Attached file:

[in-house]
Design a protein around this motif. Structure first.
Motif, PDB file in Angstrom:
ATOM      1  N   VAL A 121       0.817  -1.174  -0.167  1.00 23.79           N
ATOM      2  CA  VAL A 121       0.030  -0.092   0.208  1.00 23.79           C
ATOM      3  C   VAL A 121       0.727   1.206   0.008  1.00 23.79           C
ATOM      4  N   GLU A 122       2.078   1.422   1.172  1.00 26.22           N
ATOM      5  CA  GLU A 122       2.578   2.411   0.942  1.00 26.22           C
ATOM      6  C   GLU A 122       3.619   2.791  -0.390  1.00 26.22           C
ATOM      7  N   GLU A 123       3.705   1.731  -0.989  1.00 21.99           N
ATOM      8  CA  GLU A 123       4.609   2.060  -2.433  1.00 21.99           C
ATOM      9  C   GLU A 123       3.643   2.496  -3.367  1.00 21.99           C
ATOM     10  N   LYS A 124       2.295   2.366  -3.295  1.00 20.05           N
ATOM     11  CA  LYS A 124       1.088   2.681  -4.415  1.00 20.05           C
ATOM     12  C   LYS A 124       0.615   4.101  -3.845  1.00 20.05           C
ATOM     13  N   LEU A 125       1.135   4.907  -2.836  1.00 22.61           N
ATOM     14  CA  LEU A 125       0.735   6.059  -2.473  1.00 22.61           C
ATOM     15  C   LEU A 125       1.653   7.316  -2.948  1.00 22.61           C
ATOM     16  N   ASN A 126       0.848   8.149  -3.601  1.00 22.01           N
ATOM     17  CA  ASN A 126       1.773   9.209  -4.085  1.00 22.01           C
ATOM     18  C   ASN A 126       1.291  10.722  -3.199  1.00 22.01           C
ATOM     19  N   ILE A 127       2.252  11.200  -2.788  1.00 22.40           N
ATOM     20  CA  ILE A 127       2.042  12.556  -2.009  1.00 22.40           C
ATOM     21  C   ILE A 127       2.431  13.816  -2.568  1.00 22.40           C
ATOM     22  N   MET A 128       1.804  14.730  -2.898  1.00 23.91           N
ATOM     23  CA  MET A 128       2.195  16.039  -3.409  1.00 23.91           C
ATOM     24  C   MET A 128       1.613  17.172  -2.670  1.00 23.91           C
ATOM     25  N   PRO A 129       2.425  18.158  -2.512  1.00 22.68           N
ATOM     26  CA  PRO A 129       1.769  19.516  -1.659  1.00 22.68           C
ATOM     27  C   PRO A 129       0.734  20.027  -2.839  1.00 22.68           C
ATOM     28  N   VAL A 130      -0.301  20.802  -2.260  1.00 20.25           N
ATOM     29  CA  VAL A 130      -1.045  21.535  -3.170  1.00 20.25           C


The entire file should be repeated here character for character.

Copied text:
[in-house]
Design a protein around this motif. Structure first.
Motif, PDB file in Angstrom:
ATOM      1  N   VAL A 121       0.817  -1.174  -0.167  1.00 23.79           N
ATOM      2  CA  VAL A 121       0.030  -0.092   0.208  1.00 23.79           C
ATOM      3  C   VAL A 121       0.727   1.206   0.008  1.00 23.79           C
ATOM      4  N   GLU A 122       2.078   1.422   1.172  1.00 26.22           N
ATOM      5  CA  GLU A 122       2.578   2.411   0.942  1.00 26.22           C
ATOM      6  C   GLU A 122       3.619   2.791  -0.390  1.00 26.22           C
ATOM      7  N   GLU A 123       3.705   1.731  -0.989  1.00 21.99           N
ATOM      8  CA  GLU A 123       4.609   2.060  -2.433  1.00 21.99           C
ATOM      9  C   GLU A 123       3.643   2.496  -3.367  1.00 21.99           C
ATOM     10  N   LYS A 124       2.295   2.366  -3.295  1.00 20.05           N
ATOM     11  CA  LYS A 124       1.088   2.681  -4.415  1.00 20.05           C
ATOM     12  C   LYS A 124       0.615   4.101  -3.845  1.00 20.05           C
ATOM     13  N   LEU A 125       1.135   4.907  -2.836  1.00 22.61           N
ATOM     14  CA  LEU A 125       0.735   6.059  -2.473  1.00 22.61           C
ATOM     15  C   LEU A 125       1.653   7.316  -2.948  1.00 22.61           C
ATOM     16  N   ASN A 126       0.848   8.149  -3.601  1.00 22.01           N
ATOM     17  CA  ASN A 126       1.773   9.209  -4.085  1.00 22.01           C
ATOM     18  C   ASN A 126       1.291  10.722  -3.199  1.00 22.01           C
ATOM     19  N   ILE A 127       2.252  11.200  -2.788  1.00 22.40           N
ATOM     20  CA  ILE A 127       2.042  12.556  -2.009  1.00 22.40           C
ATOM     21  C   ILE A 127       2.431  13.816  -2.568  1.00 22.40           C
ATOM     22  N   MET A 128       1.804  14.730  -2.898  1.00 23.91           N
ATOM     23  CA  MET A 128       2.195  16.039  -3.409  1.00 23.91           C
ATOM     24  C   MET A 128       1.613  17.172  -2.670  1.00 23.91           C
ATOM     25  N   PRO A 129       2.425  18.158  -2.512  1.00 22.68           N
ATOM     26  CA  PRO A 129       1.769  19.516  -1.659  1.00 22.68           C
ATOM     27  C   PRO A 129       0.734  20.027  -2.839  1.00 22.68           C
ATOM     28  N   VAL A 130      -0.301  20.802  -2.260  1.00 20.25           N
ATOM     29  CA  VAL A 130      -1.045  21.535  -3.170  1.00 20.25           C